It is an interesting thing that what is commonly called the antiglobalist movement (by the media as well as by those involved themselves) is probably the best interconnected – one may say, globalized – movement in the world. The spread of Occupy Wall Street to Europe is a most recent example. In this context, two question may well be asked: is it right to call that movement anti-globalist? And what does it represent? What are the grounds such an interconnected movement has emerged? The latter questions must be answered first, before we can turn to the former one.
Media, economists, politicians and other commentators have been cheering globalization for years. It has been supposed to be a great thing without downsides, promoting development and in the end lifting all people in the world to wealth and freedom. Alas, these hopes (still awake in many heads) seem to be unrealistic. Globalization has its downsides – social, political, psychological and environmental. And this is the reason why what is often pigeonholed the antiglobalist movement has emerged.
But which one is the globalization the protesters in Seattle in 1999, in Genoa in 2001 or at the Wall Street now were and are against? The term globalization has many meanings, the phenomenon itself many faces – both good and bad. It can be taken as certain that the antiglobalists are not against “informational” globalization (i.e., Internet, social networks, mobile phones etc.), since they have been using it extensively – indeed, it is hard to imagine any of the most famous antiglobalist protests to take place in the pre-Internet age. However, even this side of globalization is not all good. It has negative aspects as well – consider the alienation through social networks (when people living in the direct neighbourhood of each other communicate only via Facebook), the addiction to instant information, the flood of unimportant news (it becomes ever harder to separate the wheat from the chaff) or the private sphere abuses by social network corporations. Nevertheless, treated sensibly and with sufficiency, informational globalization is a great thing – indeed, a constitutive aspect of the way today’s world works.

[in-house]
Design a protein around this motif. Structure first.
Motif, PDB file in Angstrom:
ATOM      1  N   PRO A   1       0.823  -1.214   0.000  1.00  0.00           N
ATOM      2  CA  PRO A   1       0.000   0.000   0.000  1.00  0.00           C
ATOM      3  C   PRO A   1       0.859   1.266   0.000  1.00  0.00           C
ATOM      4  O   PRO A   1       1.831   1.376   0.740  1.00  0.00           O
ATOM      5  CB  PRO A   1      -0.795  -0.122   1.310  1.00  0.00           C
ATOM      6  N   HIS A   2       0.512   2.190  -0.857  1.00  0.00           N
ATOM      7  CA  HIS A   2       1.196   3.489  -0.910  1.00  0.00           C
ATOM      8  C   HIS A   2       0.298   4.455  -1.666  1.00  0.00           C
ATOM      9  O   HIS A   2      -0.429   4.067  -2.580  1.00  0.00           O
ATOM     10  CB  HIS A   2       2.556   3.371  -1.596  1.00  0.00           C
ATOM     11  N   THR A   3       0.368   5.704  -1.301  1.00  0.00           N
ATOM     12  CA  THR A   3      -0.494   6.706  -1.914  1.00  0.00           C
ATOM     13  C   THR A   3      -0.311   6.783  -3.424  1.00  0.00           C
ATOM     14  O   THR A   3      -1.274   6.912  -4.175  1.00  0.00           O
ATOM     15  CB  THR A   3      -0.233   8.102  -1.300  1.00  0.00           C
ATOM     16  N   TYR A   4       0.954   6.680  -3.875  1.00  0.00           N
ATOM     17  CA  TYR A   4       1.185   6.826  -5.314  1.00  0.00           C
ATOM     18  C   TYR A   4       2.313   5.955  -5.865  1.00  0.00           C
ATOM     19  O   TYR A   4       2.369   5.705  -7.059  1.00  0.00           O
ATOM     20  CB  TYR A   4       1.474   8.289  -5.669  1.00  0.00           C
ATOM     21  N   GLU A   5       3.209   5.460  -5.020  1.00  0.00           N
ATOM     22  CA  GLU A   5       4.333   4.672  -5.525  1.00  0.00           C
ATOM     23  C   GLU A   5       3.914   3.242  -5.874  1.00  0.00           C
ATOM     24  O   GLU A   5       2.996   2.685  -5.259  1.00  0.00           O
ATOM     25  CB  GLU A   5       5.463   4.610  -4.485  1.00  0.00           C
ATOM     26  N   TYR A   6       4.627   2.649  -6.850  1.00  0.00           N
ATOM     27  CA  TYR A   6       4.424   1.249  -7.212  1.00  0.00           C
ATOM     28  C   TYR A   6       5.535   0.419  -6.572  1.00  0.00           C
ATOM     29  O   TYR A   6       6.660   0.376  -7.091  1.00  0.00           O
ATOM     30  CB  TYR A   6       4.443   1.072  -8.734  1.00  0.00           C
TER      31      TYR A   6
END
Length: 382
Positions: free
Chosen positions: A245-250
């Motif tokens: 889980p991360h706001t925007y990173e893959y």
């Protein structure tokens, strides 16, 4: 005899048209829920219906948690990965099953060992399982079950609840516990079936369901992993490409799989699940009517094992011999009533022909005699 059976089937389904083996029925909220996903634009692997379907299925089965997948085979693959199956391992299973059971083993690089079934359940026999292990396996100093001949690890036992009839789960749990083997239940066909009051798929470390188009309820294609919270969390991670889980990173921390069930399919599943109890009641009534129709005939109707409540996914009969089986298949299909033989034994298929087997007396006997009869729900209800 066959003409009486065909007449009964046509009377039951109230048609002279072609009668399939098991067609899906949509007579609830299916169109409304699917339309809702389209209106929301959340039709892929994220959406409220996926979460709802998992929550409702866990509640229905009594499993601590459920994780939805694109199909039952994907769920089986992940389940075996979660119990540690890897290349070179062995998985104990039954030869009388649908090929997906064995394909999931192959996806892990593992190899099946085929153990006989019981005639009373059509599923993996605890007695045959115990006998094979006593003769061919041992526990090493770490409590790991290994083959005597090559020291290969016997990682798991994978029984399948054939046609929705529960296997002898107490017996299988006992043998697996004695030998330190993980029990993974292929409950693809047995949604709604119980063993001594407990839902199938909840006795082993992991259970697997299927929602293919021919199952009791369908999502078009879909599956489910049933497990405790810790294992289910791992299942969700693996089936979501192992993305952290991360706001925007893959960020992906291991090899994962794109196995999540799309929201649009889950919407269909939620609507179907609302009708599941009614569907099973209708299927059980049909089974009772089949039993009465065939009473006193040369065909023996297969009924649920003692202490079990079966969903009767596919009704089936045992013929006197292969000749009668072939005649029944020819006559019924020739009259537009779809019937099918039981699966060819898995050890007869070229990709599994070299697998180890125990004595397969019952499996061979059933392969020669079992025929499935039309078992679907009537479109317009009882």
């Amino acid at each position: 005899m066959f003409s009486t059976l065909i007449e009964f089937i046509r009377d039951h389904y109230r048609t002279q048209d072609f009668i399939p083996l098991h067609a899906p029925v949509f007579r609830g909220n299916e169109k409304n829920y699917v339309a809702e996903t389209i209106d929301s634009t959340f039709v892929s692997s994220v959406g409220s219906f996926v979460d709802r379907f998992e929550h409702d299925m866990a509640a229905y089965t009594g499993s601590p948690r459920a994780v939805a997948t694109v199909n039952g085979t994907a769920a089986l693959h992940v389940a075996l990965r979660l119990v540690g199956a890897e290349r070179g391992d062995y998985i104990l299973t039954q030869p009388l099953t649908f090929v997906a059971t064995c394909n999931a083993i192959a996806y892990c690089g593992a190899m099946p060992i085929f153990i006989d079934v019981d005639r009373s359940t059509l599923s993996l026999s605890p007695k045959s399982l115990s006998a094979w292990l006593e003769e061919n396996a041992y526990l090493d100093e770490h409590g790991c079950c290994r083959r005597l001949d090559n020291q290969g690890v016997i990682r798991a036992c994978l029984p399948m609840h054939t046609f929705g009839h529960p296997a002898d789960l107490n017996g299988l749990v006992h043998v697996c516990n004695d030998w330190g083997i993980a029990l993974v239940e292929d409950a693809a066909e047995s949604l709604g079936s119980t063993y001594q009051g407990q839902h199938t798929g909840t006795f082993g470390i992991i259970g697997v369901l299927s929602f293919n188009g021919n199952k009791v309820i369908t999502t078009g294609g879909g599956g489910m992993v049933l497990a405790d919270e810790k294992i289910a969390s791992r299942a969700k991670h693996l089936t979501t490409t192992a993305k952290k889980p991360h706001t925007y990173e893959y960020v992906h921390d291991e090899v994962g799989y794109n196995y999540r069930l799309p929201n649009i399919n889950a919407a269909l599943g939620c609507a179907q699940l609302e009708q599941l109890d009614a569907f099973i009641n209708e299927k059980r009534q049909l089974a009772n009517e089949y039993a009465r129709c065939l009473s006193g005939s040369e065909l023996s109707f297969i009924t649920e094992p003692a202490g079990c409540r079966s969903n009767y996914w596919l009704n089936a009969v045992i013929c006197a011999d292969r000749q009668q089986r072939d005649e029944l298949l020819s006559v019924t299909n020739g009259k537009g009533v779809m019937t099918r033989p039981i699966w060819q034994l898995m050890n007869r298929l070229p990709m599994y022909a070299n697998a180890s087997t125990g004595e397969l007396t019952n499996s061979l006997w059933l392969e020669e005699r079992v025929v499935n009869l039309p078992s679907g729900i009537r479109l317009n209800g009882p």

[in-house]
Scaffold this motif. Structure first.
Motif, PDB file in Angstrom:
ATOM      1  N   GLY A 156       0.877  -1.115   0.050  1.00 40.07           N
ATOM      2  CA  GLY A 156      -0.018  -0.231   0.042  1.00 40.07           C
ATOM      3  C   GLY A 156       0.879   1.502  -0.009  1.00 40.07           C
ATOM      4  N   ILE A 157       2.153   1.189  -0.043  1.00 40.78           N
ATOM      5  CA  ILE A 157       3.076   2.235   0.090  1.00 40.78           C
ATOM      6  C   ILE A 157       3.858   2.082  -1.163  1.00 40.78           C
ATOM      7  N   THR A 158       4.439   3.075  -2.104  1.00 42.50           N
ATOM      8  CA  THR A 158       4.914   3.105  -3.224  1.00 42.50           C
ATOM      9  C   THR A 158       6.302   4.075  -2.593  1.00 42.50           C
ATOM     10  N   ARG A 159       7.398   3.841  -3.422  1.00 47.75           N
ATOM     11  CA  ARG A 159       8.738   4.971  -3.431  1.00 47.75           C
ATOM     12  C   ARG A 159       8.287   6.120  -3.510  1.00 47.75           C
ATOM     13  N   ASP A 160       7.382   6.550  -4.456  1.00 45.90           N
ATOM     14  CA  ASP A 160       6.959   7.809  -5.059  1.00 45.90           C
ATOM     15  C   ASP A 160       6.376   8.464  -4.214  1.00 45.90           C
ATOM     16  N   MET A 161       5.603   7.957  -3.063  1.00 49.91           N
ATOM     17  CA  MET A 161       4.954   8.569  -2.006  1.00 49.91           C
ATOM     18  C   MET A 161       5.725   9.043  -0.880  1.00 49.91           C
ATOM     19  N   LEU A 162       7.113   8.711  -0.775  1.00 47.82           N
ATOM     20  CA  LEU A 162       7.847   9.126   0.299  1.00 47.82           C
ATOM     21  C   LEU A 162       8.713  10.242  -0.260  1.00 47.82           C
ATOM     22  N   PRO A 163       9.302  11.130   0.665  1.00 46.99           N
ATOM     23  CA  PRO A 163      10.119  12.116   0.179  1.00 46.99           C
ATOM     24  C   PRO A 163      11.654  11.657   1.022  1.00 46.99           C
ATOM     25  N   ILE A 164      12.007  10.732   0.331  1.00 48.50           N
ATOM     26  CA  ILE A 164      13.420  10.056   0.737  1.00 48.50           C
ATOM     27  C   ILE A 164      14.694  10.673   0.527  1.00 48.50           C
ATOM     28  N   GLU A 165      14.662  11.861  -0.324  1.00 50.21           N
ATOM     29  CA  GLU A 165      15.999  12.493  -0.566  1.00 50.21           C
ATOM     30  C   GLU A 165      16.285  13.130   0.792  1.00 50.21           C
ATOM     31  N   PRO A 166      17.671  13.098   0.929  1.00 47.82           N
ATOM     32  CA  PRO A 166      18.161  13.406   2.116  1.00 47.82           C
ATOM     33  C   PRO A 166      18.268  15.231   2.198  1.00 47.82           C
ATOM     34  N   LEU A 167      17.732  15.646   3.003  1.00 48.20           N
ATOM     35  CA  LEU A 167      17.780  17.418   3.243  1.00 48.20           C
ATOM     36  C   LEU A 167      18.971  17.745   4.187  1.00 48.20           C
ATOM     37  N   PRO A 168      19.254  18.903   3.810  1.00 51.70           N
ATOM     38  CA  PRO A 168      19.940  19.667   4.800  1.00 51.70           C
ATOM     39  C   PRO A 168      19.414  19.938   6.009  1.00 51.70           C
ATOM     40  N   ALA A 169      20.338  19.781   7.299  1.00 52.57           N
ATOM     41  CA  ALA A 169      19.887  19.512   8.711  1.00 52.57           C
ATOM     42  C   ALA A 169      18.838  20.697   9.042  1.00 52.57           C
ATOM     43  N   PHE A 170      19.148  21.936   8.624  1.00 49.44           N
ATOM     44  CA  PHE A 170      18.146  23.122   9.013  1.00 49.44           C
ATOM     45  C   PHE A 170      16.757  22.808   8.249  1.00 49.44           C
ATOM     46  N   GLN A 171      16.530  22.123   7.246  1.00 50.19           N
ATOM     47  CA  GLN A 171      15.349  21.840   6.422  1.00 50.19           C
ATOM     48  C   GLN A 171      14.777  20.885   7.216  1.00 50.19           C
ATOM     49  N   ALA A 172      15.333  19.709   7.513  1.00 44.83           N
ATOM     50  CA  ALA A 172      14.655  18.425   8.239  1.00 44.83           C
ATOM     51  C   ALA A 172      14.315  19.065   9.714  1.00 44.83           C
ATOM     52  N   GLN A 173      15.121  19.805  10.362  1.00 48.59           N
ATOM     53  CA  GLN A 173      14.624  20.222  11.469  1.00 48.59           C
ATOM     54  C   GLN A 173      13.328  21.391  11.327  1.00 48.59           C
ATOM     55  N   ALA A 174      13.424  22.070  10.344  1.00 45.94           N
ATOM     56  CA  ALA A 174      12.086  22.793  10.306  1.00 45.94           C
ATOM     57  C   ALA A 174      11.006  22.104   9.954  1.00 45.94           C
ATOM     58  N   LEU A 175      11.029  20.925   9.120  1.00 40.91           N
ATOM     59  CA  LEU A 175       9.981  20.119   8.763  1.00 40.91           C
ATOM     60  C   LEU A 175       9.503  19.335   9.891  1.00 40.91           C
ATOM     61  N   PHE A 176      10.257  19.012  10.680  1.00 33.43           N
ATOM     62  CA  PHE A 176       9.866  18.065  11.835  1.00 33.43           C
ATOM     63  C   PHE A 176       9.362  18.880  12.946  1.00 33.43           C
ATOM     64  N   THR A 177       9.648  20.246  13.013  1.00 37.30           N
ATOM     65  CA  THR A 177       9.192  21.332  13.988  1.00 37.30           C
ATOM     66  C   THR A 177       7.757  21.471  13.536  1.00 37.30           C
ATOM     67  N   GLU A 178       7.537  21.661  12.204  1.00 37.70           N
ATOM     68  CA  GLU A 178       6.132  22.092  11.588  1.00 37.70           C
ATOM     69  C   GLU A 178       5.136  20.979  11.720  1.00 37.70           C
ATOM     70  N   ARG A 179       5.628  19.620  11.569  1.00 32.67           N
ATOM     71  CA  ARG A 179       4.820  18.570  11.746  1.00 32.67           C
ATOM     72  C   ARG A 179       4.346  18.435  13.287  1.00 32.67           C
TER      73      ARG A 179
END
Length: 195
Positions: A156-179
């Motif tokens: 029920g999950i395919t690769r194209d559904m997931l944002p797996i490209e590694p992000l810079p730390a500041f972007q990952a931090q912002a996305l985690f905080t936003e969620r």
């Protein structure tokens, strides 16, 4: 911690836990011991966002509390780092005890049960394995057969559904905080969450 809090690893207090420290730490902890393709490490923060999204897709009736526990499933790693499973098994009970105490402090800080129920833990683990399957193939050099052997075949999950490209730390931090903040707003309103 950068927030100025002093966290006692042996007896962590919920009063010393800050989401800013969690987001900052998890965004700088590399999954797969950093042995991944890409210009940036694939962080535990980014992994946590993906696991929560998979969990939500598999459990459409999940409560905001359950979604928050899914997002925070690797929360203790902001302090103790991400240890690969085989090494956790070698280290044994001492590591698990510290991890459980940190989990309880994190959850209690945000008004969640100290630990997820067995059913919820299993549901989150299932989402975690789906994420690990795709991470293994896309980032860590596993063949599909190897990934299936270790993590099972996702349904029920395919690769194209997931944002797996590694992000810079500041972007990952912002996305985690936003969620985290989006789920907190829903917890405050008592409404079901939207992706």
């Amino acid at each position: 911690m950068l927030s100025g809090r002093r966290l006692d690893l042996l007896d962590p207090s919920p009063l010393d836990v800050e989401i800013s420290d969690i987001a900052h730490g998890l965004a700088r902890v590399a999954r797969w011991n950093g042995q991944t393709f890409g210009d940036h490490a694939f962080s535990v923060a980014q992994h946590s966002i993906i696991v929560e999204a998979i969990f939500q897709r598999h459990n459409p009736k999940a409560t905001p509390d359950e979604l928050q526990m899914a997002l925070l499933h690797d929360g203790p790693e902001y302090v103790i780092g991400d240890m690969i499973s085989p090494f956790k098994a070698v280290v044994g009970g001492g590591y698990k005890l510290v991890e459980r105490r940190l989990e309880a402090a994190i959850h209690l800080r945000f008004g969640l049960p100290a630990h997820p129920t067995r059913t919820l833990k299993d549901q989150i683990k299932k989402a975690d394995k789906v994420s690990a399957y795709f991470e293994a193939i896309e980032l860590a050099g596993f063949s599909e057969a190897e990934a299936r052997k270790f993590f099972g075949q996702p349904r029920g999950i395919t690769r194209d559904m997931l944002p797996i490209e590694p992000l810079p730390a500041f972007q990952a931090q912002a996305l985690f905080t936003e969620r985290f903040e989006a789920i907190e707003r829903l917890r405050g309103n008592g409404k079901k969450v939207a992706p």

What about cultural globalization? This one brings both positive and negative phenomena with it too. Knowing other cultures, having the possibility to interact with and learn from them is a great thing. It is good for personal development as well as for democracy (on the latter see my next post about Amartya Sen’s recent book “The Idea of Justice”, soon). On the other hand, we often observe a homogenization of the cultures (some commentators called it the McDonaldization of society), instead of a fruitful interaction and enrichment – a conquest rather than an interchange. This certainly is not a good thing, especially when it is mainly Western consumerism that is adopted by nearly all other cultures. Here as well, the dose is important – globalization can potentially be a good thing if handled with reason.
However, it seems that the globalization antiglobalists oppose most is what Dani Rodrik has called economic hyperglobalization. It is no coincidence that the most famous antiglobalist protests took place during meetings of the G8, the IMF, the World Bank or where the world’s financial markets have their symbolic home (the Wall Street). Indeed, this is the aspect of globalization that have been driven to its extremes most (therefore hyperglobalization). Free markets, free trade and the resulting phenomena of reckless corporatism, global economic crises (international contagion were never as probable as it is today) – all these are the reasons why so-called antiglobalists go to the streets. And yet, even these protests are global in their nature – just think of the World Social Forum (as counterweight to the yearly World Economic Forum in Davos) or the widespread solidarity with the Zapatist movement in Mexico. Antiglobalists feel that economic hyperglobalization has become a goal of its own – frequently at the cost of democracy, freedom, human rights, real development and the environment. It has grown too big, as Dani Rodrik impressively showed – fed by those who have been led by the wrong belief that the freer the markets and trade, the better for the people. Most of the antiglobalists haven’t read J. M. Keynes, but they would certainly be pleased to know that he would likely support them:
I sympathize therefore, with those who would minimize, rather than those who would maximize, economic entanglement between nations. Ideas, knowledge, art, hospitality, travel – these are the things which should of their nature be international. But let goods be homespun whenever it is reasonably and conveniently possible; and, above all, let finance be primarily national.
So, it seems to me that the term antiglobalism is wrong and unfair. The so-called antiglobalists are not against globalization in general, but against globalization in its current form – especially against the economic hyperglobalization mannifoldly threatening people’s livelihoods and freedom. They wish globalization to change, not to vanish. Maybe it would be better to call them alterglobalists. But, whatever the name, it is important to understand their main message: that we must stop treating globalization as a self-evident good. It has, as well as, say, democracy, free markets or religion, its downsides. Let me close with another quotation, this time by the late Leszek Kołakowski, a Polish philosopher (in my own translation):
Every idea, if treated consequently enough, turns into its opposite.